We cannot verify your location
Browse Book and Journal Content on Project MUSE

Dixie Dharma

Inside a Buddhist Temple in the American South

Jeff Wilson

Publication Year: 2012

Buddhism in the United States is often viewed in connection with practitioners in the Northeast and on the West Coast, but in fact, it has been spreading and evolving throughout the United States since the mid-nineteenth century. In ###Dixie Dharma#, Jeff Wilson argues that region is crucial to understanding American Buddhism. Through the lens of a multidenominational Buddhist temple in Richmond, Virginia, Wilson explores how Buddhists are adapting to life in the conservative evangelical Christian culture of the South, and how traditional Southerners are adjusting to these newer members on the religious landscape.

Published by: The University of North Carolina Press

Title Page, Copyright

pdf iconDownload PDF (226.5 KB)

read more


pdf iconDownload PDF (60.7 KB)
pp. vii-viii

Acknowledgments are often the final words that we write as we finish our books, but it is appropriate that they go at the front, because it is only through the assistance of others that our projects ever get set in motion. In my case, I am immeasurably indebted to the community at the...

read more

Introduction: Encounters at a Multidenominational Temple in the South

pdf iconDownload PDF (111.0 KB)
pp. 1-16

“Heart Sutraaaaaa.” The sound of our chanting dies away as we finish reciting a famous Buddhist text, our fading voices an expression of the emptiness that the sutra celebrates. Martin, a white-haired gentleman with an equally white mustache and a look of calm concentration, strikes the dark...

read more

1. Bringing a Regional Perspective to American Buddhism

pdf iconDownload PDF (310.8 KB)
pp. 17-46

Before proceeding to a discussion of Buddhism in the South—primarily taken up in the later chapters of this book—it is necessary to lay the groundwork for a regional approach to the subject of American Buddhism. Fortunately, there is a long and fruitful history of regional analysis in the...

read more

2. The Gift of Light: Buddhist Circuit Riders and New Religious Developments in Richmond, Virginia

pdf iconDownload PDF (553.3 KB)
pp. 47-88

Many of the houses along Grove Avenue fly flags—the star-spangled banner, the Virginia state flag, banners with animals or floral designs, as well as the occasional Confederate battle flag. So the five-colored flag sometimes flown outside Ekoji Buddhist Sangha of Richmond does not seem to...

read more

3. The Buddhist Confederacy: Differentiation and Identity in Buddhist Spaces

pdf iconDownload PDF (254.0 KB)
pp. 89-119

Ekoji Buddhist Sangha of Richmond is the only temple in the country that shelters five distinct groups practicing in distinct lineages. These diverse groups have found that, in the decidedly non-Buddhist environment of Richmond, the shared label of “Buddhist” is fundamentally more important...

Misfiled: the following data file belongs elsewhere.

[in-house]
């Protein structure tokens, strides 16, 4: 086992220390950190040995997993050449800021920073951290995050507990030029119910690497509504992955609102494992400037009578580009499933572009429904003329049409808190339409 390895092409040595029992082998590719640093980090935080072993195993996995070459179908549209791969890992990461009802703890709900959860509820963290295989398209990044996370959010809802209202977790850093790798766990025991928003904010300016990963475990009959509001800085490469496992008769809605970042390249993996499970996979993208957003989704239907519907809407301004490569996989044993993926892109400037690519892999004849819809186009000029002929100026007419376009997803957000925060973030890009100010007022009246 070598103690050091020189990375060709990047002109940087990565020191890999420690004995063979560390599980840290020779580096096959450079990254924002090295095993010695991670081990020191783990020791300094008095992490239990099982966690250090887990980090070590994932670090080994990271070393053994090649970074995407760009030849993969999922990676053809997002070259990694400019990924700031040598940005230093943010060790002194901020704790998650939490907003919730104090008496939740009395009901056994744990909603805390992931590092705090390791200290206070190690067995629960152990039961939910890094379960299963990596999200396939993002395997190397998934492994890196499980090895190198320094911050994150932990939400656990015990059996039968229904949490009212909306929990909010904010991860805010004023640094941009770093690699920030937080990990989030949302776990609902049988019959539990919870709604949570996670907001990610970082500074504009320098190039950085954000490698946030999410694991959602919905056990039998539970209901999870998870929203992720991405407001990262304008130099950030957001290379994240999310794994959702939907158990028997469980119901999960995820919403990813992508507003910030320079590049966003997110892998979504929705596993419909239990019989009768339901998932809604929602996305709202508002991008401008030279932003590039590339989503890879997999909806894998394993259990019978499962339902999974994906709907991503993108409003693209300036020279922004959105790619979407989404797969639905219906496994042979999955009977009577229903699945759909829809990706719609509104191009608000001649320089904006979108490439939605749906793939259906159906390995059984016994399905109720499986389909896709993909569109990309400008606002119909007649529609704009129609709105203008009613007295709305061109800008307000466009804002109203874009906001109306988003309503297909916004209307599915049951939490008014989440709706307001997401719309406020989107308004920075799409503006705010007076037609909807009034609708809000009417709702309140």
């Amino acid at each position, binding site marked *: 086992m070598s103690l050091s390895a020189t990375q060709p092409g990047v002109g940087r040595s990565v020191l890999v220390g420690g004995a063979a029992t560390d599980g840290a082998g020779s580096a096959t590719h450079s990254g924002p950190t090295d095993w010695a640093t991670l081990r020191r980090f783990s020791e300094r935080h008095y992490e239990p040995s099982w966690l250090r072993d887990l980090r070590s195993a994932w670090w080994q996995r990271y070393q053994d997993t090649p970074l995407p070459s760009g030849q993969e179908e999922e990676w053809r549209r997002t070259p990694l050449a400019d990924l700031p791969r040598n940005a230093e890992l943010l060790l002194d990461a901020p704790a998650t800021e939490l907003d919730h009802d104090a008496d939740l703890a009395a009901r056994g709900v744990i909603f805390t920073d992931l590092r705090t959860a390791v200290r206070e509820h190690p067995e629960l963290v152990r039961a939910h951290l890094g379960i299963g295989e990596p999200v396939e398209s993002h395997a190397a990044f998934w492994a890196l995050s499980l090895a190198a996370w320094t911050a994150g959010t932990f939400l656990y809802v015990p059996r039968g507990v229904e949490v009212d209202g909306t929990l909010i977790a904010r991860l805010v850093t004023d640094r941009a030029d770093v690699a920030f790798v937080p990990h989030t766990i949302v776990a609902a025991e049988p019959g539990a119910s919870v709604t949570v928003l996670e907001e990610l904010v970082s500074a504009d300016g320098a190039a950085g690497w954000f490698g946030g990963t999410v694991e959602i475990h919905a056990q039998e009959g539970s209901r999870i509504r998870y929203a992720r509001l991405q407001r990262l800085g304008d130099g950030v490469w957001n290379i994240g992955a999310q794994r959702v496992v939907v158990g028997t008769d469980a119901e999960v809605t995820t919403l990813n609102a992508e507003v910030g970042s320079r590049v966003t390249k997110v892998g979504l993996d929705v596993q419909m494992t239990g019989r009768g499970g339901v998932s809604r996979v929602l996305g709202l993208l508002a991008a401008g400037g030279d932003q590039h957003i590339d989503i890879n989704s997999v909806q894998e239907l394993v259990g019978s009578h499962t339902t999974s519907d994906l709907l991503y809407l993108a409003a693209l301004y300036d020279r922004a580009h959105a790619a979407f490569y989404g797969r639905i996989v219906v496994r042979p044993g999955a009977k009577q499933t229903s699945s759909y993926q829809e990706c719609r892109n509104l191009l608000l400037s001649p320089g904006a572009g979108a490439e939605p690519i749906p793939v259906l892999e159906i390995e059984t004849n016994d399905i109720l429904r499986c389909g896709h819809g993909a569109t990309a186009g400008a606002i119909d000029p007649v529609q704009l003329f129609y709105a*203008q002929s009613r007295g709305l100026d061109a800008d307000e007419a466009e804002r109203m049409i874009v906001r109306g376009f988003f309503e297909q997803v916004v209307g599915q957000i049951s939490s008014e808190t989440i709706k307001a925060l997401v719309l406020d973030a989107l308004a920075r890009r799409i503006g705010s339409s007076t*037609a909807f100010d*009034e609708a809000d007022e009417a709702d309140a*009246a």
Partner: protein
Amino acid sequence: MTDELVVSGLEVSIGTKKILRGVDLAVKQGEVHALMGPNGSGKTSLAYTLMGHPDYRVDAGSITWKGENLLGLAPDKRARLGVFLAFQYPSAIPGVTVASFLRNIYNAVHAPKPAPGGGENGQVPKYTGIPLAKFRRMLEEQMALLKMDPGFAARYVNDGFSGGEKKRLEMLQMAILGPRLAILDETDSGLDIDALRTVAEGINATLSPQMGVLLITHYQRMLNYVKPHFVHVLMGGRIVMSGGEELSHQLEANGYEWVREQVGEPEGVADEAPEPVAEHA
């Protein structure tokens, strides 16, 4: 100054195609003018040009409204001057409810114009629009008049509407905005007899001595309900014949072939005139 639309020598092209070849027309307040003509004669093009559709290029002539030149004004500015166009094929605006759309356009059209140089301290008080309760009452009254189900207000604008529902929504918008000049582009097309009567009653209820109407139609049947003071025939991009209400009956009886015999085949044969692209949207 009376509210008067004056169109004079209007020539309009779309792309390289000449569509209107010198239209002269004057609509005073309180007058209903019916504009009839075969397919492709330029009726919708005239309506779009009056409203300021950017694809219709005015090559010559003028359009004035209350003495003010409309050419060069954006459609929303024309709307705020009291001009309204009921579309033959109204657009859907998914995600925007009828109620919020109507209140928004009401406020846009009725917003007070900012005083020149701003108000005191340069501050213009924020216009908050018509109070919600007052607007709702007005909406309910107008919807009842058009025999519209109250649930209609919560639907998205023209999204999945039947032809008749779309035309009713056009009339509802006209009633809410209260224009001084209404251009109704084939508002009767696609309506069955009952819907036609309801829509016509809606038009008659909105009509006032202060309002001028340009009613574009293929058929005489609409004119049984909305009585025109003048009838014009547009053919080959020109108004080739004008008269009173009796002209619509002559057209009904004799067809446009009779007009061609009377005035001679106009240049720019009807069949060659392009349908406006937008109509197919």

read more

4. There’s No Such Thing as “Not My Buddhism”: Hybridity, Boundary-Crossing, and the Practice of Pluralistic Buddhism

pdf iconDownload PDF (227.5 KB)
pp. 120-152

It is a bright, chilly January afternoon outside, but it is warm inside at Ekoji as I sit on the floor enjoying a casual after-service discussion with the Pure Land group. Their plan was to study a booklet about bodhisattvas, but as we have spent the time sipping tea and passing a plastic baggie full of...

read more

5. Buddhism with a Southern Accent: American Buddhists in a Southern Culture

pdf iconDownload PDF (233.5 KB)
pp. 153-184

In chapter 1, I laid out a basic approach to studying regionalism in American Buddhism. Throughout this book, I have referred to the fact that Ekoji Buddhist Sangha of Richmond is located in the South, and that this has an effect on the temple. Now in this chapter I turn to the question of regional...

read more

6. The Reality of Our Collective Karma: Slave Trade Meditation Vigil as Southern Buddhist Ritual

pdf iconDownload PDF (280.7 KB)
pp. 185-217

Richmond remembers. It is a city of memory and pride, where the useful past is a treasure trove from which can be drawn resources for politics, religion, art, identity, and, especially, money-making. From Hollywood Cemetery to the Arthur Ashe Memorial, its landscape has been a site of memory...

read more

Conclusion: Buddhas on the Backstretch

pdf iconDownload PDF (383.2 KB)
pp. 218-232

It is as simple as that: people in different parts of America experience Buddhism through lenses and circumstances supplied by the surrounding culture, and Buddhism impacts how those people navigate their regional culture. At root, that is this book’s primary argument. Furthermore, Buddhism...

Appendix: Statistical Data and Questionnaire

pdf iconDownload PDF (60.9 KB)
pp. 233-236


pdf iconDownload PDF (140.4 KB)
pp. 237-260


pdf iconDownload PDF (110.0 KB)
pp. 261-276


pdf iconDownload PDF (274.0 KB)
pp. 277-281

E-ISBN-13: 9781469601816
E-ISBN-10: 1469601818
Print-ISBN-13: 9780807835456
Print-ISBN-10: 0807835455

Page Count: 304
Illustrations: 2 line drawings, 1 map
Publication Year: 2012